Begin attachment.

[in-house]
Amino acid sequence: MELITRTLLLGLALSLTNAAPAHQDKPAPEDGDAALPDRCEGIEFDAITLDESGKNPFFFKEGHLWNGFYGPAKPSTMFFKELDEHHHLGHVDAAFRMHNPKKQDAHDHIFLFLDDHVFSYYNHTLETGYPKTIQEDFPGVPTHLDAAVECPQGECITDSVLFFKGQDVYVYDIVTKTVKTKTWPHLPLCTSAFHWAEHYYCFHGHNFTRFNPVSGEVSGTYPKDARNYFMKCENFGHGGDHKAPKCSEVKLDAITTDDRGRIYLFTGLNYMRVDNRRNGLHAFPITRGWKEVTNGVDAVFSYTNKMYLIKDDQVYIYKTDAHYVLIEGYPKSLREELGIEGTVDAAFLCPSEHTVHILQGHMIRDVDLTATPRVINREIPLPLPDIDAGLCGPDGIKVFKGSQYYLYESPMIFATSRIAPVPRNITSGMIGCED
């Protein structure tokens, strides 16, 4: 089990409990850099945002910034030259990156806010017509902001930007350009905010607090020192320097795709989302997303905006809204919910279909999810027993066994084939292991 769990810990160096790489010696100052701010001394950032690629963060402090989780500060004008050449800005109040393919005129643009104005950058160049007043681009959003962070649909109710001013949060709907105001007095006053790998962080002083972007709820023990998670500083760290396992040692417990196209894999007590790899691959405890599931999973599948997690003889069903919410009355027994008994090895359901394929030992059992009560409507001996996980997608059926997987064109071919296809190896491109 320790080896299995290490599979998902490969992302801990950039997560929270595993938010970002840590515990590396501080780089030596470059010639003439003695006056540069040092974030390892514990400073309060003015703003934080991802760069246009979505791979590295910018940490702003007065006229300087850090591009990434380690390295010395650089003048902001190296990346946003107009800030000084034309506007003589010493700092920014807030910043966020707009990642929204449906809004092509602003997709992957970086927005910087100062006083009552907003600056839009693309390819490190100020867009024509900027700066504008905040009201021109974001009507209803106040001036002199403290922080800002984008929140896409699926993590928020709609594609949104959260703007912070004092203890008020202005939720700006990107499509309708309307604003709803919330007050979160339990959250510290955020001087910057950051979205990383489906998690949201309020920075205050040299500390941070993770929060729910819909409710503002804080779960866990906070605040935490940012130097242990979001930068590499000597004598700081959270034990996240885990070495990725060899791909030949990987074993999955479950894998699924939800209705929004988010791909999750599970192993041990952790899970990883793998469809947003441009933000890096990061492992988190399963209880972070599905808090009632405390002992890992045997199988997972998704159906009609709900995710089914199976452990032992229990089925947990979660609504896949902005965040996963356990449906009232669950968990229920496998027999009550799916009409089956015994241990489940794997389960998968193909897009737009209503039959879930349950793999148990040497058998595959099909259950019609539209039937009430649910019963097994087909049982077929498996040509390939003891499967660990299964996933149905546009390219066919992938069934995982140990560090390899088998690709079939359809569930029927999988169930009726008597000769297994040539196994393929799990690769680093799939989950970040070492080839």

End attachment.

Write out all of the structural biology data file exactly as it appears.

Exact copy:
[in-house]
Amino acid sequence: MELITRTLLLGLALSLTNAAPAHQDKPAPEDGDAALPDRCEGIEFDAITLDESGKNPFFFKEGHLWNGFYGPAKPSTMFFKELDEHHHLGHVDAAFRMHNPKKQDAHDHIFLFLDDHVFSYYNHTLETGYPKTIQEDFPGVPTHLDAAVECPQGECITDSVLFFKGQDVYVYDIVTKTVKTKTWPHLPLCTSAFHWAEHYYCFHGHNFTRFNPVSGEVSGTYPKDARNYFMKCENFGHGGDHKAPKCSEVKLDAITTDDRGRIYLFTGLNYMRVDNRRNGLHAFPITRGWKEVTNGVDAVFSYTNKMYLIKDDQVYIYKTDAHYVLIEGYPKSLREELGIEGTVDAAFLCPSEHTVHILQGHMIRDVDLTATPRVINREIPLPLPDIDAGLCGPDGIKVFKGSQYYLYESPMIFATSRIAPVPRNITSGMIGCED
């Protein structure tokens, strides 16, 4: 089990409990850099945002910034030259990156806010017509902001930007350009905010607090020192320097795709989302997303905006809204919910279909999810027993066994084939292991 769990810990160096790489010696100052701010001394950032690629963060402090989780500060004008050449800005109040393919005129643009104005950058160049007043681009959003962070649909109710001013949060709907105001007095006053790998962080002083972007709820023990998670500083760290396992040692417990196209894999007590790899691959405890599931999973599948997690003889069903919410009355027994008994090895359901394929030992059992009560409507001996996980997608059926997987064109071919296809190896491109 320790080896299995290490599979998902490969992302801990950039997560929270595993938010970002840590515990590396501080780089030596470059010639003439003695006056540069040092974030390892514990400073309060003015703003934080991802760069246009979505791979590295910018940490702003007065006229300087850090591009990434380690390295010395650089003048902001190296990346946003107009800030000084034309506007003589010493700092920014807030910043966020707009990642929204449906809004092509602003997709992957970086927005910087100062006083009552907003600056839009693309390819490190100020867009024509900027700066504008905040009201021109974001009507209803106040001036002199403290922080800002984008929140896409699926993590928020709609594609949104959260703007912070004092203890008020202005939720700006990107499509309708309307604003709803919330007050979160339990959250510290955020001087910057950051979205990383489906998690949201309020920075205050040299500390941070993770929060729910819909409710503002804080779960866990906070605040935490940012130097242990979001930068590499000597004598700081959270034990996240885990070495990725060899791909030949990987074993999955479950894998699924939800209705929004988010791909999750599970192993041990952790899970990883793998469809947003441009933000890096990061492992988190399963209880972070599905808090009632405390002992890992045997199988997972998704159906009609709900995710089914199976452990032992229990089925947990979660609504896949902005965040996963356990449906009232669950968990229920496998027999009550799916009409089956015994241990489940794997389960998968193909897009737009209503039959879930349950793999148990040497058998595959099909259950019609539209039937009430649910019963097994087909049982077929498996040509390939003891499967660990299964996933149905546009390219066919992938069934995982140990560090390899088998690709079939359809569930029927999988169930009726008597000769297994040539196994393929799990690769680093799939989950970040070492080839």